What started with a Coca Cola bottle brandished with your name in 2013 has grown to become a burgeoning industry trend.
Labels are no longer just a place for basic branding and product information, but a platform from which a variety of marketing opportunities can be explored. Great packaging can now lift customer satisfaction, improve a purchasing experience, and bridge the gap between on and offline shopping.
Product personalisation has garnered so much attention in recent years that it is being increasingly integrated into brand packaging strategies across all sectors. In fact, according to a recent study by Packhub, 66% of packaging professionals are currently implementing, or at least considering, personalisation in their offering.
With so much potential yet to be realised, Packaging Gateway and digital print specialists HP Inc take a look at three key trends to emerge in the world of personalised packaging
Thanks to the rise of social media and the ability to shop around on a global scale, consumers have been empowered to dictate exactly what they want from the brands they interact with, and how and when they receive it. This ability means customers have become both critic and creator, seeking out personalised experiences and products to meet their ever-increasing demands.
According to HP Brand and Agencies lead Guillermo Font: “Brand owners are no longer the brand owners. Consumers are. As a result, co-creation is a key growth area, with brands empowering consumers to co-create packaging designs and hero their own stories.”
As the void between online platforms and offline products shrinks, consumers are now able to take an active role in the manufacturing process, with developments such as digital, 3D, and on-demand printing facilitating the trend.
What’s more, Font suggests that by enlisting customers in packaging creation, a key outcome is an increase in social media sharing for the campaign: “We’ve seen quite a few cases where this form of earned media has increased to a 30% reach, which is fantastic coverage that would require a very high investment if it was achieved through TV, for example.”
Research study by Technavio suggests that the global personalised gifts market is set to rise to $38 billion by 2021. What’s driving this huge upsurge? There are several factors at play here, including a growing culture of gift giving, new developments in gifting solutions, and the ability to order personalised gifts quickly and easily through online retail channels.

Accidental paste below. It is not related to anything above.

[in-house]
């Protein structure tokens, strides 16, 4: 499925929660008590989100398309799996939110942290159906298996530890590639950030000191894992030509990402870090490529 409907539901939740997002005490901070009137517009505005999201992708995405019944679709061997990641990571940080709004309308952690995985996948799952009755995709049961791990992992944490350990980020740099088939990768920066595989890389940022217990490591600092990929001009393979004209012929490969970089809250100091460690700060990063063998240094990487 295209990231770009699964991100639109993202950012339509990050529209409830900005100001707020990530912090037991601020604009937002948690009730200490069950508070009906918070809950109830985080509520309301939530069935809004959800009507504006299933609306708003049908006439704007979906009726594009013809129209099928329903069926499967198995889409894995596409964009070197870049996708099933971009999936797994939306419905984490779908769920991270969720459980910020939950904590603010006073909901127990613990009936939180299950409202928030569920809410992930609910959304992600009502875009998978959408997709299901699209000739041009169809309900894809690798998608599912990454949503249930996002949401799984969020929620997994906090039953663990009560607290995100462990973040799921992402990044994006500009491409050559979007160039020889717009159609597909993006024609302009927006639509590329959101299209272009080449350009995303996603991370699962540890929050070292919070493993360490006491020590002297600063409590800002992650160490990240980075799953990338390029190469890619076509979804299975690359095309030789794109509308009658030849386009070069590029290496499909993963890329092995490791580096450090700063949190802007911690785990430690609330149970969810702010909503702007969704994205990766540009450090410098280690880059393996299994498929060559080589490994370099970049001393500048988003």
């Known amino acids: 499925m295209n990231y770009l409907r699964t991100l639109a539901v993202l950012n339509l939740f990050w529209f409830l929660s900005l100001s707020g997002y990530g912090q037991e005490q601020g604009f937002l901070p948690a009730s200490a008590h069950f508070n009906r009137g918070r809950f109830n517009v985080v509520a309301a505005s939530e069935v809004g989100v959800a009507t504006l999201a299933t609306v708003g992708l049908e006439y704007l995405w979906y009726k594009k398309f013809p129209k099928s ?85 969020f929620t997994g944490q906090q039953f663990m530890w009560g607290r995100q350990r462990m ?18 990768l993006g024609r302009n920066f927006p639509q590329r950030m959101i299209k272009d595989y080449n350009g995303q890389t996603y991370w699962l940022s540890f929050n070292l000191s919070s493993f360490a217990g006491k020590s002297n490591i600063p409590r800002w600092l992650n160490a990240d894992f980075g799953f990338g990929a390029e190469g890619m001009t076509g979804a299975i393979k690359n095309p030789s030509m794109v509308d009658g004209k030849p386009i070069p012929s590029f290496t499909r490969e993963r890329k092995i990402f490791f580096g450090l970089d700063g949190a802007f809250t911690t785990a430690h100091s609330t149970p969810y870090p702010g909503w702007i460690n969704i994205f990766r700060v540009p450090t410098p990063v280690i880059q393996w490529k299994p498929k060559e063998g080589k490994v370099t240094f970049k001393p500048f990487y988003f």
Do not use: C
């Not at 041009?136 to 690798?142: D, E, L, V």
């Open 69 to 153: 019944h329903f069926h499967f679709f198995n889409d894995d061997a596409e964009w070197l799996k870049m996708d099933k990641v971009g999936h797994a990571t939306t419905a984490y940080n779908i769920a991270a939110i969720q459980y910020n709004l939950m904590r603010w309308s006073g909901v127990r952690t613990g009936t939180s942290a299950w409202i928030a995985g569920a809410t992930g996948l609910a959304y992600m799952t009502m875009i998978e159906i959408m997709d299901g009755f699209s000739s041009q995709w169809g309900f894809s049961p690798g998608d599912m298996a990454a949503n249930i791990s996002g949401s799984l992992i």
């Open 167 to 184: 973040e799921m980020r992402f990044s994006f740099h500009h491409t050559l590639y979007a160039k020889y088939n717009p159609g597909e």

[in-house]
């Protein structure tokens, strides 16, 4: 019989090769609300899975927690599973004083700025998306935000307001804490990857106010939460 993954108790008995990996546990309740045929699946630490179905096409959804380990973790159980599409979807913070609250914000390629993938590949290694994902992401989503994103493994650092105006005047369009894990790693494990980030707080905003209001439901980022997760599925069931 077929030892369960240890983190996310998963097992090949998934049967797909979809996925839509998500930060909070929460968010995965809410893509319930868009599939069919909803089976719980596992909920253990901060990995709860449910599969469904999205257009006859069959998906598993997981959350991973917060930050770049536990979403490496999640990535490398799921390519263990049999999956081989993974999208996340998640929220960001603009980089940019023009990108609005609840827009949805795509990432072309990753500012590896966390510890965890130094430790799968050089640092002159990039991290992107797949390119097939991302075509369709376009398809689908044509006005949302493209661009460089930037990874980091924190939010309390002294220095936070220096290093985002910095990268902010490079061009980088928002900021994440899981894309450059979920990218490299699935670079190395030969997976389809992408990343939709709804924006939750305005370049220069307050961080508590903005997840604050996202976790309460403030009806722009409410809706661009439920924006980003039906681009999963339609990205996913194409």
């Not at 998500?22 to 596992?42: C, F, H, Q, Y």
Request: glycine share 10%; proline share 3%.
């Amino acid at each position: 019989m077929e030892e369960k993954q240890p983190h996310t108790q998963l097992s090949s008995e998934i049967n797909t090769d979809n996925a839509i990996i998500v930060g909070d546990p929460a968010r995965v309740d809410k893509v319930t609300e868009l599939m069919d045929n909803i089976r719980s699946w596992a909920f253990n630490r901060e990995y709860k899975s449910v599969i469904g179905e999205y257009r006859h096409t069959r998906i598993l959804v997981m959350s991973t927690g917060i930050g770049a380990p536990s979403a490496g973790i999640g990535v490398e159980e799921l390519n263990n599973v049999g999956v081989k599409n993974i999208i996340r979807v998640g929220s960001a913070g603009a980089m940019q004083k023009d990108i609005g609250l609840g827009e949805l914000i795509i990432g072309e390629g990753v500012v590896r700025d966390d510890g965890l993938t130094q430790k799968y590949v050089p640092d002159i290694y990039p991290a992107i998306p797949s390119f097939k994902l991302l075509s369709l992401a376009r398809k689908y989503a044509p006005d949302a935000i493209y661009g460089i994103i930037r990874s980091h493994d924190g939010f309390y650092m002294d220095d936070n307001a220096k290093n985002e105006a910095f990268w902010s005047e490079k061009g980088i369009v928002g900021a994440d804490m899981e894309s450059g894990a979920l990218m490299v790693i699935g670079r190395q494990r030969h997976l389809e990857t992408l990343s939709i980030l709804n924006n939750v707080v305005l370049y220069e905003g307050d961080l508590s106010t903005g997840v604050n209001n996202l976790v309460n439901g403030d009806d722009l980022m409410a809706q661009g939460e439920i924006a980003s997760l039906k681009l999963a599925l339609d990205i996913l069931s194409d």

But beyond statistics, it’s easy to see why gifts with a personal touch are increasing in popularity. For many people, receiving an item that’s been specially tailored with the recipient’s name or image creates a unique sense of ownership that a standard off-the-shelf gift can’t always provide. Research by Sparks&Honey suggests that consumers see personalisation as a means of keeping memories alive and celebrating events, whilst reinforcing ties with loved ones.
And it’s not just traditional presents that can get the customisation treatment, with an emerging trend seeing brands offering personalised packaging for their products. For example, HP SmartStream Designer software, optimised for use with HP Indigo digital press technology, allows for the creation of unique labels and cartons brandished with an individual’s name or a special message from the gift-giver.
Innovations in digital printing have created new ways of personalising a product, with the ability to now go beyond a name on a label. For consumers, this development allows the opportunity to create products that they regard as an extension of themselves. HP, for example, recently collaborated with KitKat to create more than 56,000 personalised packages bearing an individual’s photo.
Working alongside print company Ultimate Packaging, the project utilised the latest in web-to-print technology, producing KitKat packages on HP Indigo 20000 and HP Indigo WS6600 digital presses and allowing competition winners to personalise their very own wrapper.
The £1million marketing campaign by Nestle saw the creation of a unique serial number on specially marketed KitKat wrappers, with a message encouraging the customer to check online whether they had won the opportunity to create their own package. Winners would then upload their chosen image before it was sent to Ultimate and onwards to Nestle to be filled with a chocolate bar.
Approximately 7,000 KitKats were processed a week during the campaign, each branded with the recipients chosen image and sent to them in a special presentation box. Winners took to social media in their thousands, showing off their personalised confectionary emblazoned with their very own photo.
The Nestle campaign highlighted just how far digitally printed packaging has come in a few short years. Whilst Coca Cola’s famous ‘Share a Coke’ project paved the way for personalisation en masse, new ground is constantly being broken by innovative brands across the globe.